Abdorrahman Boroumand Center

for Human Rights in Iran

Promoting tolerance and justice through knowledge and understanding
Amnesty International

Iran: Arrests and Deaths Continue as Authorities Tighten Grip

Amnesty International
July 14, 2009

AI Index: MDE 13/072/2009

Amnesty International is concerned about further arrests of politicians, journalists, lawyers and others in connection with the recent disputed presidential election in Iran. Hundreds of people are believed to be detained – many held in undisclosed locations – across Iran. Scores more – possibly as many as 197 - are reported to have been arrested on 9 July 2009 at a demonstration marking the tenth anniversary of 18 Tir, the suppression of student-led protests in 1999 in which at least one student was killed and many others were tortured or otherwise ill-treated. The families of those detained for commemorating the victims of the 1999 crackdown are said to have learnt only from posters pasted up by the authorities in public places that they can find out about the detainees’ cases at court on 19 July 2009. Those detained are believed to be held in Evin Prison and at a detention facility in Kahrizak in Karaj, near Tehran.

Amnesty International is calling for anyone held solely for peacefully exercising their rights to freedom of expression, assembly and association to be released immediately and unconditionally, and for all others to be promptly charged and tried in proceedings which meet international standards for fair trial or released. In any event, the authorities should immediately clarify the fate of all those detained in connection with recent events.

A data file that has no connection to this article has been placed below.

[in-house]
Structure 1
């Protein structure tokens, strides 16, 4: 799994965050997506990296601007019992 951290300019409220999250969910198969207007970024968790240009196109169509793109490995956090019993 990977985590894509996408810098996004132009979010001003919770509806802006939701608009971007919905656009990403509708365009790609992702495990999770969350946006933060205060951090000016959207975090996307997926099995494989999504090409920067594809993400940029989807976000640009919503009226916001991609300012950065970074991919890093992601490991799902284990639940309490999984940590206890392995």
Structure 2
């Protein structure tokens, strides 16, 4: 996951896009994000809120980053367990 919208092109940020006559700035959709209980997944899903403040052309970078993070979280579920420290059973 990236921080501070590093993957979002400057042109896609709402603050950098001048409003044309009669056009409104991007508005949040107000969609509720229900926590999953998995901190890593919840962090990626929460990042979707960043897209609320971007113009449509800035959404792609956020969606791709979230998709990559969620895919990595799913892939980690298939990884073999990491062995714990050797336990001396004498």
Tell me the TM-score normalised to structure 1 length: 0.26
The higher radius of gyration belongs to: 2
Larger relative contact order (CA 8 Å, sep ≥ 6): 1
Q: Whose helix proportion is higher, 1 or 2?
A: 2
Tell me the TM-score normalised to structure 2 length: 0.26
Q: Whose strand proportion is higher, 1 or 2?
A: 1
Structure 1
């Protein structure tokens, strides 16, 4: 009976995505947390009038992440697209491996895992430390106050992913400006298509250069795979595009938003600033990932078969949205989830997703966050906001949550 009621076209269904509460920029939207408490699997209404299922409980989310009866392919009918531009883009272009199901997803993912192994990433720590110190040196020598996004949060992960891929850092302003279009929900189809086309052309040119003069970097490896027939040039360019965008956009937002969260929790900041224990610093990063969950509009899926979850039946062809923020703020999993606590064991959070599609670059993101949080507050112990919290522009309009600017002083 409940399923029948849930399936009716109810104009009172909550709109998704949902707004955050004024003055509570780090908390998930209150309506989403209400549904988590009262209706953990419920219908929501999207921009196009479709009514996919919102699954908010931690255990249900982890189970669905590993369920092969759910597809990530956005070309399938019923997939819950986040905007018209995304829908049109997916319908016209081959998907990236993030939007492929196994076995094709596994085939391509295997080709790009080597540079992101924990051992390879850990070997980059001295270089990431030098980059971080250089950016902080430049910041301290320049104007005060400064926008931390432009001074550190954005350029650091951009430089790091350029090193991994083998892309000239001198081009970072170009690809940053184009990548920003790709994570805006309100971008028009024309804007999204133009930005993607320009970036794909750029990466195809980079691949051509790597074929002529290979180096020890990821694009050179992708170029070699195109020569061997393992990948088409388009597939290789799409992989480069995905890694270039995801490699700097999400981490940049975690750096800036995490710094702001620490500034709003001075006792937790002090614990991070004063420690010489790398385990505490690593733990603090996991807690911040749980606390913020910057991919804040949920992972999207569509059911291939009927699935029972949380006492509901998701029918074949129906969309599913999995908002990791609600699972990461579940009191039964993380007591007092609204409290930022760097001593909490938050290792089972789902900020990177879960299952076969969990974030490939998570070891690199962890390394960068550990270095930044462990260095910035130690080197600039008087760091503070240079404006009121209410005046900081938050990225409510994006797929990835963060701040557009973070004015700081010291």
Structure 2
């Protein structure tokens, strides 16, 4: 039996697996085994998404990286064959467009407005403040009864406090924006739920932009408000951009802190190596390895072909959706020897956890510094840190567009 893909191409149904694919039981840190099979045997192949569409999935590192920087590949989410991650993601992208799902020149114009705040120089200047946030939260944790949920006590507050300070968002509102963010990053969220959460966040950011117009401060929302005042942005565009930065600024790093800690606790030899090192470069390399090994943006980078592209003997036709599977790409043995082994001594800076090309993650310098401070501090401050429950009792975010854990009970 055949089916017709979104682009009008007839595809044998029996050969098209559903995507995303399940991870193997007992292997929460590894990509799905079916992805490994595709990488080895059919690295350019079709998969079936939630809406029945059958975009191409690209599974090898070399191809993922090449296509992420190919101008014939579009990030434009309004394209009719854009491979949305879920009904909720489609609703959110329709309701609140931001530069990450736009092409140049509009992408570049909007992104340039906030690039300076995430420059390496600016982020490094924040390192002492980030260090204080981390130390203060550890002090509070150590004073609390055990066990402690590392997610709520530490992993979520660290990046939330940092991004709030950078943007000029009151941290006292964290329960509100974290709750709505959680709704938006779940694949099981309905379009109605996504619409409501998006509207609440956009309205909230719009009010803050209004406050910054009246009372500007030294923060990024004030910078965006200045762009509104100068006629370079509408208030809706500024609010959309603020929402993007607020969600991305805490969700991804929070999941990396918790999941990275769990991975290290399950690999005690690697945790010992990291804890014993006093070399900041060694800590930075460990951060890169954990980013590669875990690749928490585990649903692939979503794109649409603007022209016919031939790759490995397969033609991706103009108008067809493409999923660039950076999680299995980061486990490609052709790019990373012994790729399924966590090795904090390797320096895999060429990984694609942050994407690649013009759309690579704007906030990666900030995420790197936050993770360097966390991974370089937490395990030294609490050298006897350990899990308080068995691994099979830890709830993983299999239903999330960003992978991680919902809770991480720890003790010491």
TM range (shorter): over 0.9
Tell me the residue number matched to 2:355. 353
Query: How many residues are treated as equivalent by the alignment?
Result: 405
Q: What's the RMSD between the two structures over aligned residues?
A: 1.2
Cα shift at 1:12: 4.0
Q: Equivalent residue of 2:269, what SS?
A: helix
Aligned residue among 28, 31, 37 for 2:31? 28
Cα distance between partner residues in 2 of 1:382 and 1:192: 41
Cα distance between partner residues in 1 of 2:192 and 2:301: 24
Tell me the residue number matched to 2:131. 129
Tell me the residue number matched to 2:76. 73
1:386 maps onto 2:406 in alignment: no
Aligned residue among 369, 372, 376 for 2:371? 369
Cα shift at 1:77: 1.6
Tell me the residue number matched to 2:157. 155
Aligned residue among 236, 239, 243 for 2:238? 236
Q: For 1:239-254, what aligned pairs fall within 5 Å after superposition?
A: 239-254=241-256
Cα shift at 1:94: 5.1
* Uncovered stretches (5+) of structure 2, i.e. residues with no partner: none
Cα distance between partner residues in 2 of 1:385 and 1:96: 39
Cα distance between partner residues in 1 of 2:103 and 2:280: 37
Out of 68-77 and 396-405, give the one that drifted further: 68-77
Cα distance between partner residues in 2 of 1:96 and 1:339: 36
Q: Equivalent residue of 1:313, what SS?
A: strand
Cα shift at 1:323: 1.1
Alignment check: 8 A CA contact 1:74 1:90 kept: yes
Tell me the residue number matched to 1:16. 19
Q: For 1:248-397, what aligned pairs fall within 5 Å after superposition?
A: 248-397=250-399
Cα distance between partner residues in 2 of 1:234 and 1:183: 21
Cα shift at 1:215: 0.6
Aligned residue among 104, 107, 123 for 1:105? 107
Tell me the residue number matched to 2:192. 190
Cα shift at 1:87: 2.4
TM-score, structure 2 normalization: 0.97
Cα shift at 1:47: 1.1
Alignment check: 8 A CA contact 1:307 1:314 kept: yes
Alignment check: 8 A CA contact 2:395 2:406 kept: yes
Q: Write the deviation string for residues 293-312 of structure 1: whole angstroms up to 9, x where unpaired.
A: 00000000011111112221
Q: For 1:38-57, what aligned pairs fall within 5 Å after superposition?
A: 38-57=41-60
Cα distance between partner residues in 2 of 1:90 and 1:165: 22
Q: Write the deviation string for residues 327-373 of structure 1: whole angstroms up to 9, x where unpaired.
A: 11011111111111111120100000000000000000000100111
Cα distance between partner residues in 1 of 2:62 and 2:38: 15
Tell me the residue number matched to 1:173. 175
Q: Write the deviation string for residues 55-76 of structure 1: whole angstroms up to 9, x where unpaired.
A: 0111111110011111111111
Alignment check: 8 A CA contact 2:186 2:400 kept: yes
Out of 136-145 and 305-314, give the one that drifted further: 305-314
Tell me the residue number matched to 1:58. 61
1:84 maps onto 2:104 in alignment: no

Amnesty International is also calling for a full and impartial investigation into the death of Sohrab Arabi, a 19-year-old student, who died from a bullet wound to the heart. He disappeared during a demonstration on 15 June 2009. His family was then unable to find out any information about him until 11 July when they were summoned to court where they recognized him from photographs of dead individuals. His body had apparently been at the Coroner’s Office since 19 June. There is, as yet, no information as to what happened to him between 15 and 19 June, including either the exact date, or the circumstances, of his death.

Among those reported to have been arrested in recent days are political activists, journalists, academics and lawyers. Amnesty International fears for their safety in detention, as torture or other ill-treatment of detainees is common in Iran. They include:

  • Journalist Massoud Bastani, who was arrested on 5 July when he went to the Revolutionary Court in Tehran to enquire about his pregnant wife Mahsa Amr-Abadi, also a journalist, who was arrested on 14 June.

  • Human rights lawyer Mohammad Ali Dadkhah, who was arrested on 8 July 2009 and taken from his office in Tehran, along with several colleagues. Some of his colleagues were released shortly afterwards, but Mohammad Ali Dadkhah’s whereabouts remain unknown.

  • Bijan Khajehpour Khoei, a business and economic consultant, who was arrested on 27 June 2009 at Tehran airport when he arrived back from a trip to Vienna and London. During his brief trip abroad, he spoke to trade officials in Vienna and met the Iran British Business Chamber in London as part of his work to support Iranian business and encourage foreign investment in Iran. His whereabouts are unknown, and his family fear for his health as he is diabetic.

  • Feyzollah Arabsorkhi, a former deputy trade minister and a senior member of the Islamic Revolution Mujahidin Organisation, a reformist political party, was arrested on 7 July.